Our Roombas seemed like enough for a while. We dressed them up, placed beers on them and our cats hated them. But this is the future. Where’s Rosie, and all her coked-up menopausal robot friends? Where are the antics of the family circus?
They’re hiding in the conceptual photography of Arjen Born. Through photography and sculpture (and we assume, some 3-D modeling, too), he creates an entertaining but surprisingly sincere vision of the future of assisted living, a juxtaposition of cranky seniors and the helpful, spastic robots who love them.
“The question is not if health care robots will play a role in the future care of the elderly,” Born explains to Co.Design. “They will. But how? Will they take over routine tasks so that nursing staff has more time for warm human attention? Or will they be employed by efficiency-focused managers as a cost-cutting tool that will increasingly replace humans in health care? That thin line we’re balancing on I find truly fascinating.”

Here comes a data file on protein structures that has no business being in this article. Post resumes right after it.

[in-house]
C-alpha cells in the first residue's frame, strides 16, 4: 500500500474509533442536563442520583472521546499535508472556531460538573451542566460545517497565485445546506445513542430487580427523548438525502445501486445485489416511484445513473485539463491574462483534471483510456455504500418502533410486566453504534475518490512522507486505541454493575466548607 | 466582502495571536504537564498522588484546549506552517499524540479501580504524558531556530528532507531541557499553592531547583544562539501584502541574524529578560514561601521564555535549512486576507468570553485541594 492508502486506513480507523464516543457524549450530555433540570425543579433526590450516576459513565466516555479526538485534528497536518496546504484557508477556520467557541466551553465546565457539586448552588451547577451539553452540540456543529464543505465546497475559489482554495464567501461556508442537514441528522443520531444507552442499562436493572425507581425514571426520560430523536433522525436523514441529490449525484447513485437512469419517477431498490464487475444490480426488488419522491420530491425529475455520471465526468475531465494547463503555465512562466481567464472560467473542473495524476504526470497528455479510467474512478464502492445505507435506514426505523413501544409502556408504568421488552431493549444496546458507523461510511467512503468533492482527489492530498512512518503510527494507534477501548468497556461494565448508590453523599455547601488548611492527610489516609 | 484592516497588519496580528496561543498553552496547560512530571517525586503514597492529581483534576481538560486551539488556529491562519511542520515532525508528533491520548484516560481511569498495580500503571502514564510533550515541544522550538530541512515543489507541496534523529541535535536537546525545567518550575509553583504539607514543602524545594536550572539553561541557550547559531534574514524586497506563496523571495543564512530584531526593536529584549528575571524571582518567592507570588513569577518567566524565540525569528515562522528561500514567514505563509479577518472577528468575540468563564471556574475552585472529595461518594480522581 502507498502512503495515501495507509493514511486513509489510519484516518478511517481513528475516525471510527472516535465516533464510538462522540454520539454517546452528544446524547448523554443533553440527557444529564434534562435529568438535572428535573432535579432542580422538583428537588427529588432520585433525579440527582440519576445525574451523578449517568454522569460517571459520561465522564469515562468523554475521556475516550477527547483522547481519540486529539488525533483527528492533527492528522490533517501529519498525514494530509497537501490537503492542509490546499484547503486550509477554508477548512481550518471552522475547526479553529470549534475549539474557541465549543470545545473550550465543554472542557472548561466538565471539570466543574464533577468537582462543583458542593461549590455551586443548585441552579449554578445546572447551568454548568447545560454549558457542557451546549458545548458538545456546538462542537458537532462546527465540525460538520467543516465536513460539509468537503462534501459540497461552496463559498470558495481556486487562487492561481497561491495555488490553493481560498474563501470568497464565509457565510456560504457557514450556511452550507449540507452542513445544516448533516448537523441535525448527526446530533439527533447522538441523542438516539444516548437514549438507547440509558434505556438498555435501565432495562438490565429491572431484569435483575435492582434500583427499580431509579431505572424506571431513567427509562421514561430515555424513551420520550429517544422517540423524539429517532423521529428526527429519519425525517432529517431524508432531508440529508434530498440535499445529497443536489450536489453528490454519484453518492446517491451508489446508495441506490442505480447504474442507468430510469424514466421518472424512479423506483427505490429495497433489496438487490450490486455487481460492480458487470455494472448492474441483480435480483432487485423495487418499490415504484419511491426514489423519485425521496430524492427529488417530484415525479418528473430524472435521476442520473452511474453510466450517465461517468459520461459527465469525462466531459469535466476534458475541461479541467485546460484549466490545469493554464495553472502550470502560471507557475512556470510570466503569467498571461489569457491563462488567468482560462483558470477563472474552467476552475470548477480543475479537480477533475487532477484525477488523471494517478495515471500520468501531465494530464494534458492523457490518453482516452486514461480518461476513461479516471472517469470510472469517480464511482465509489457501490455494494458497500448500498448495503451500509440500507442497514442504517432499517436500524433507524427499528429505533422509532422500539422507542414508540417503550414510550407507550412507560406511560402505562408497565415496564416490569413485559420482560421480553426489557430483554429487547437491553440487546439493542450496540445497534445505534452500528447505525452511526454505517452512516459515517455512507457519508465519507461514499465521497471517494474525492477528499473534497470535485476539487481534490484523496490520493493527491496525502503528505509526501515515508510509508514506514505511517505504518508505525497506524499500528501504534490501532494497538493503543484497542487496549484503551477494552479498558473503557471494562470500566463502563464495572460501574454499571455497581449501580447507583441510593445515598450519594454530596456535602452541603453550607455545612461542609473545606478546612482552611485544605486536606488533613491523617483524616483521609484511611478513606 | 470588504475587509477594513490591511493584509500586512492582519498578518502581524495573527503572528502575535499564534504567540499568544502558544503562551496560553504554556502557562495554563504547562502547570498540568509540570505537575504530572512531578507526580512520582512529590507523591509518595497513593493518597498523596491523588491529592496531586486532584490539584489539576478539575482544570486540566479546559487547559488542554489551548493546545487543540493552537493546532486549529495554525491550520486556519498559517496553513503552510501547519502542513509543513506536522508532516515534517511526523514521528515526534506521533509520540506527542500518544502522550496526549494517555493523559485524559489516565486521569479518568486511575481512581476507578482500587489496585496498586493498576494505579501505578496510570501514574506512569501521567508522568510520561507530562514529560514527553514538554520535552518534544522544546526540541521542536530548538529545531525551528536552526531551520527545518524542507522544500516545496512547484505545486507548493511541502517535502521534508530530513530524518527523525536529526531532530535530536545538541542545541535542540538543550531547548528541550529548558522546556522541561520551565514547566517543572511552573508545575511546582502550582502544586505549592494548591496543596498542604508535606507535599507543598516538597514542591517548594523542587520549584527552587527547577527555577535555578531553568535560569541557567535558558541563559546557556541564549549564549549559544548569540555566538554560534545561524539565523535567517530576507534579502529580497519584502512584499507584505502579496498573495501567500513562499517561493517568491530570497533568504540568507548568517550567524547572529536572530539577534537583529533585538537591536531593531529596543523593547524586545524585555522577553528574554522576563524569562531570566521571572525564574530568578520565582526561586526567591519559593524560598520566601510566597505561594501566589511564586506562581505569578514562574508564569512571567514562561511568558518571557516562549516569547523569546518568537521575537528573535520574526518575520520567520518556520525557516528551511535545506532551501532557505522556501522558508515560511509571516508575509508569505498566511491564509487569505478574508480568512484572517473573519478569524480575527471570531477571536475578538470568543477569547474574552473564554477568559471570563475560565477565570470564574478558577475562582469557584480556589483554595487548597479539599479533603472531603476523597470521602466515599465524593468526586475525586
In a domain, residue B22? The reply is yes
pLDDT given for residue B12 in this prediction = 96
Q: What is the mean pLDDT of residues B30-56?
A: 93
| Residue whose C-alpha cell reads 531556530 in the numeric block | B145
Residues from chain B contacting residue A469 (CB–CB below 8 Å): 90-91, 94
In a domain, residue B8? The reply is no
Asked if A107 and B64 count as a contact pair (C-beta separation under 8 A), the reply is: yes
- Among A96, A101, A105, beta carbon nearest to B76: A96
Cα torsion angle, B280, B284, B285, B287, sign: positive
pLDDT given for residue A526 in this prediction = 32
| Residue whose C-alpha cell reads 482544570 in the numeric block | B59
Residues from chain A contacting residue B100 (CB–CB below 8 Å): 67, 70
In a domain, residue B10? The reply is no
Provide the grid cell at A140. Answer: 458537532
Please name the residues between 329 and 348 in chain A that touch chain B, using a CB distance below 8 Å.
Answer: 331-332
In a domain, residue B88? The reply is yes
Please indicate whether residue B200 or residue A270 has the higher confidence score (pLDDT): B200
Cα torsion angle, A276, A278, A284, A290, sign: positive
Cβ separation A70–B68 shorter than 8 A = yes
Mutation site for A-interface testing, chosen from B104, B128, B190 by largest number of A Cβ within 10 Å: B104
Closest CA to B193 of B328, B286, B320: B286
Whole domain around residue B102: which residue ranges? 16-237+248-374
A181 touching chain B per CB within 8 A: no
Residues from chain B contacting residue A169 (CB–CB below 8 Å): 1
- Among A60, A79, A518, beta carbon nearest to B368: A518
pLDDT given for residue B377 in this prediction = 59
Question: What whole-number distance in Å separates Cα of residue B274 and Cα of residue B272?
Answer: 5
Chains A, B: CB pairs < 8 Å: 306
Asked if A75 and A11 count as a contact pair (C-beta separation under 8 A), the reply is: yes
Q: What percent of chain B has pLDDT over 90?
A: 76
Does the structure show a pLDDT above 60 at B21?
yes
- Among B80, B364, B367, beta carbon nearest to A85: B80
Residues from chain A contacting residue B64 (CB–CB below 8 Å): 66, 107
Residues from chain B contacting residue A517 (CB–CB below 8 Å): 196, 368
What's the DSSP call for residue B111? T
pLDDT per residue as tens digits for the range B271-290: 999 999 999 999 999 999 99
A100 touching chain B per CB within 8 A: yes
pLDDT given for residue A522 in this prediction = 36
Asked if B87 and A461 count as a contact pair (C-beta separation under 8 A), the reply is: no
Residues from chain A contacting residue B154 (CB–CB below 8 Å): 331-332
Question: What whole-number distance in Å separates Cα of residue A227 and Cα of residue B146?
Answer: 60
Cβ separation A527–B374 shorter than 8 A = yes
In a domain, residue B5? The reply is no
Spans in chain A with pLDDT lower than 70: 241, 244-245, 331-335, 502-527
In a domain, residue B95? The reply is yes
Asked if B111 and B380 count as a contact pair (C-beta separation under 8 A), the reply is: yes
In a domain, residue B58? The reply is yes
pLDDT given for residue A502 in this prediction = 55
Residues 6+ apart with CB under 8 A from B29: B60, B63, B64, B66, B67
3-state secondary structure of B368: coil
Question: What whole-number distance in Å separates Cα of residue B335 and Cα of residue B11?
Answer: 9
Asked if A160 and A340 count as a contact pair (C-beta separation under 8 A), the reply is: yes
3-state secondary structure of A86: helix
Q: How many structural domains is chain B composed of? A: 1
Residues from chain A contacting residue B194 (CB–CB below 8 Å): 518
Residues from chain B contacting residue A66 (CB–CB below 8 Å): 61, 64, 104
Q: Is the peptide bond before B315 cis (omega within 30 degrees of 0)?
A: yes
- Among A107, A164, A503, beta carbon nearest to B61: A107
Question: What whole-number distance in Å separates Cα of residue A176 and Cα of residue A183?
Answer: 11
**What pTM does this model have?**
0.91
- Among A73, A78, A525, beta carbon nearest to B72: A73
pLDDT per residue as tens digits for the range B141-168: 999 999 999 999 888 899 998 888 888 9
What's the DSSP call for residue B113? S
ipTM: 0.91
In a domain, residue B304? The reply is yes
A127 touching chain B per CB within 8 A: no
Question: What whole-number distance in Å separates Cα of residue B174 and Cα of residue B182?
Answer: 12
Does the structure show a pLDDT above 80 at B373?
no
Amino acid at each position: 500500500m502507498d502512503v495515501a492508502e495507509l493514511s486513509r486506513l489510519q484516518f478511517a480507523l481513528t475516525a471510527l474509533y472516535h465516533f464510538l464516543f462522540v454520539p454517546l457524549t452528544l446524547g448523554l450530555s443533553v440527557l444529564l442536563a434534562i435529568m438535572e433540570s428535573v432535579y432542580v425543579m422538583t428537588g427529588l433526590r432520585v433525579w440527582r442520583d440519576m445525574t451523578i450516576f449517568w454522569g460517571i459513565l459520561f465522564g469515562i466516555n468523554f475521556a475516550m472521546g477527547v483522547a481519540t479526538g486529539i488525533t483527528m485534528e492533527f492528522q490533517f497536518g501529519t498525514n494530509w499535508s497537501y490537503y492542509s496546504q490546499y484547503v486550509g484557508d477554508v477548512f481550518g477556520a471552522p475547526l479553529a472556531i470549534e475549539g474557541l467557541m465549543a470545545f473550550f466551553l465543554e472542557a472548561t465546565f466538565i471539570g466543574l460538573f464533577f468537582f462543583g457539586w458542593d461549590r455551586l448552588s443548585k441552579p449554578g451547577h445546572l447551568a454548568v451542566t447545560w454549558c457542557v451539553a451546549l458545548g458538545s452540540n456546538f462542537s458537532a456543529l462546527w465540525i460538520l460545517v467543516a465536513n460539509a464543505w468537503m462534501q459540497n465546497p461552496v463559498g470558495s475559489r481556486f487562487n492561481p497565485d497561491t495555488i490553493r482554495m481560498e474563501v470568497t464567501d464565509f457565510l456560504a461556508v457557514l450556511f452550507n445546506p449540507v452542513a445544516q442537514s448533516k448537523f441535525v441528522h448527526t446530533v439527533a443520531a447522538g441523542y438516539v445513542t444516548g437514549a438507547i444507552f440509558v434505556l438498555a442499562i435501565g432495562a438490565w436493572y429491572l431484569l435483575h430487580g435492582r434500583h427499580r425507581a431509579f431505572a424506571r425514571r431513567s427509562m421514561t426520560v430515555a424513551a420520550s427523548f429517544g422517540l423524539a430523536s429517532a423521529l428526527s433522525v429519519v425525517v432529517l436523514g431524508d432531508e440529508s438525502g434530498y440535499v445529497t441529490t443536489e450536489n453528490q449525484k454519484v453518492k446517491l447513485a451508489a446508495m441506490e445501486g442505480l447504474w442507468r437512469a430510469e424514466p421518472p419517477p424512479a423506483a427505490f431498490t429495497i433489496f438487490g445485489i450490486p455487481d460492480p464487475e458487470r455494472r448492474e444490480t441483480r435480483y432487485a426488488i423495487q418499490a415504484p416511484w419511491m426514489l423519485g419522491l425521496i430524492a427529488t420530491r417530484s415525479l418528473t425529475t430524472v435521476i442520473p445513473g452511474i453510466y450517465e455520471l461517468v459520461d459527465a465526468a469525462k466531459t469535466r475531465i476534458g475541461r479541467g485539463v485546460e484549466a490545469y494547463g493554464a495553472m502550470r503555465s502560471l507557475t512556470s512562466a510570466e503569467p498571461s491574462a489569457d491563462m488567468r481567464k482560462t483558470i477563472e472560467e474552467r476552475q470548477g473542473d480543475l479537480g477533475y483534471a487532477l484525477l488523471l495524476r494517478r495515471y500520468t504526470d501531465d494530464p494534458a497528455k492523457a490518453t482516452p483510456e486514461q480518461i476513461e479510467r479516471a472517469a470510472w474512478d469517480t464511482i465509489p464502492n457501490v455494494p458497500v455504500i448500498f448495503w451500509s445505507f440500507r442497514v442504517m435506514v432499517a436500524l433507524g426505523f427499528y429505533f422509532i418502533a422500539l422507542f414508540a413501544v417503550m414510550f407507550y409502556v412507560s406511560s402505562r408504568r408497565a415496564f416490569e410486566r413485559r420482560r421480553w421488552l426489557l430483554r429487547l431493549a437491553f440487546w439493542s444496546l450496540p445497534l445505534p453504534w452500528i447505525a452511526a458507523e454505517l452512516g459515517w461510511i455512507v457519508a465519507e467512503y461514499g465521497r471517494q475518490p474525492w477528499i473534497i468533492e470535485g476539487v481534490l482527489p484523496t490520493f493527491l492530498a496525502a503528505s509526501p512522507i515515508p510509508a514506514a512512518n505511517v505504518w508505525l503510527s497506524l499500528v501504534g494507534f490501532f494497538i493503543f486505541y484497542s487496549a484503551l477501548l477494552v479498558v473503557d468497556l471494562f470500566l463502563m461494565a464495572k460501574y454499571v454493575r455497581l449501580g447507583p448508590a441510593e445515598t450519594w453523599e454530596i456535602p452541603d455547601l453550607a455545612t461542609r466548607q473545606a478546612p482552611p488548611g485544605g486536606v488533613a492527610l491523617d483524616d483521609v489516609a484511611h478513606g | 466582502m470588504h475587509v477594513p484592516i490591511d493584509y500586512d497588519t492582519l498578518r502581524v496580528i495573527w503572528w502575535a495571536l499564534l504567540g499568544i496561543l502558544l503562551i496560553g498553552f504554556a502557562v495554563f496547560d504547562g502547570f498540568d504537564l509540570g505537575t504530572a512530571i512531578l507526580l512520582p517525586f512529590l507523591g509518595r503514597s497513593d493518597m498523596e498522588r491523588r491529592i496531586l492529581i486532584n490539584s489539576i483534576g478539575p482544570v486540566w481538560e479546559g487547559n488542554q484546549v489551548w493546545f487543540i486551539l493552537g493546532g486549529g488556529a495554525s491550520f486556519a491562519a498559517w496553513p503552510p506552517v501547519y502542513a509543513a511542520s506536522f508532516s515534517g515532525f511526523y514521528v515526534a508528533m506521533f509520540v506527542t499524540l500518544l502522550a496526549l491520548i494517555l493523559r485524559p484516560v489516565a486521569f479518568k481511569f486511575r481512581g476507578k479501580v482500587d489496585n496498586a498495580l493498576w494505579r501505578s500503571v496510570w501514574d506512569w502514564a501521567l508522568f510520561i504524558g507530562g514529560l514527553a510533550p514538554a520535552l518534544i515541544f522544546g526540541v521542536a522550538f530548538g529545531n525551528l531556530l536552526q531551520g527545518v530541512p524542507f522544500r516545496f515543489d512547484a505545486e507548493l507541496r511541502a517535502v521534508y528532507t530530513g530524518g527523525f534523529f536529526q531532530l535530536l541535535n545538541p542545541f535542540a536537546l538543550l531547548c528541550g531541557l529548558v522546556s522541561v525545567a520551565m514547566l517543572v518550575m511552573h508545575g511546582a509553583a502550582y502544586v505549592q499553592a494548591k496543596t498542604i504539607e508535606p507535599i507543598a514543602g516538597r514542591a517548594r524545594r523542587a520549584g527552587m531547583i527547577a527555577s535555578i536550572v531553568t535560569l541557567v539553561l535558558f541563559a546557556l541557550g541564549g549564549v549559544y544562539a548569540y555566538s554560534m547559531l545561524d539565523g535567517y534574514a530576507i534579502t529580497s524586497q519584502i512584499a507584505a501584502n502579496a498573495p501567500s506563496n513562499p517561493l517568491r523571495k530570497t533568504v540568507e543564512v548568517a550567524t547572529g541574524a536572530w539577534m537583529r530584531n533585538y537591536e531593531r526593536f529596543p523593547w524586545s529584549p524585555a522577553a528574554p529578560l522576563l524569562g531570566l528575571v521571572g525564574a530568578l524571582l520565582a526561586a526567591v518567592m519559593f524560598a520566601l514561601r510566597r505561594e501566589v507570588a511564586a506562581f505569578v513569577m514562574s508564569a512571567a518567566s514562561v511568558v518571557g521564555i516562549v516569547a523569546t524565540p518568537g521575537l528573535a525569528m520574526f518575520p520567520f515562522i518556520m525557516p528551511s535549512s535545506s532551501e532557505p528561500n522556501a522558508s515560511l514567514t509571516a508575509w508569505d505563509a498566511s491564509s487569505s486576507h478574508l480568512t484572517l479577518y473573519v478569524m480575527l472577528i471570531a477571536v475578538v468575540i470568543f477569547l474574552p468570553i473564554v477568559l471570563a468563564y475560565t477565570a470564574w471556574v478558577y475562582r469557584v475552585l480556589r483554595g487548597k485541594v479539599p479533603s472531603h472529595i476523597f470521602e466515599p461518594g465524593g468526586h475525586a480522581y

And his work is entirely about that thin line, one where seniors look at robots with the same, baseless grumpiness that’s so confounding to family members who, despite their loving efforts, receive a similar response. Does grandpa adore us, despise us, or is he totally indifferent?
Somehow, Born’s work brings out both the inherent comedy and humility of each of its subjects, all without mocking them for a moment. And ultimately, Born seems to ask the question: Is annoyance just an extension of love? Or is love an extension of annoyance?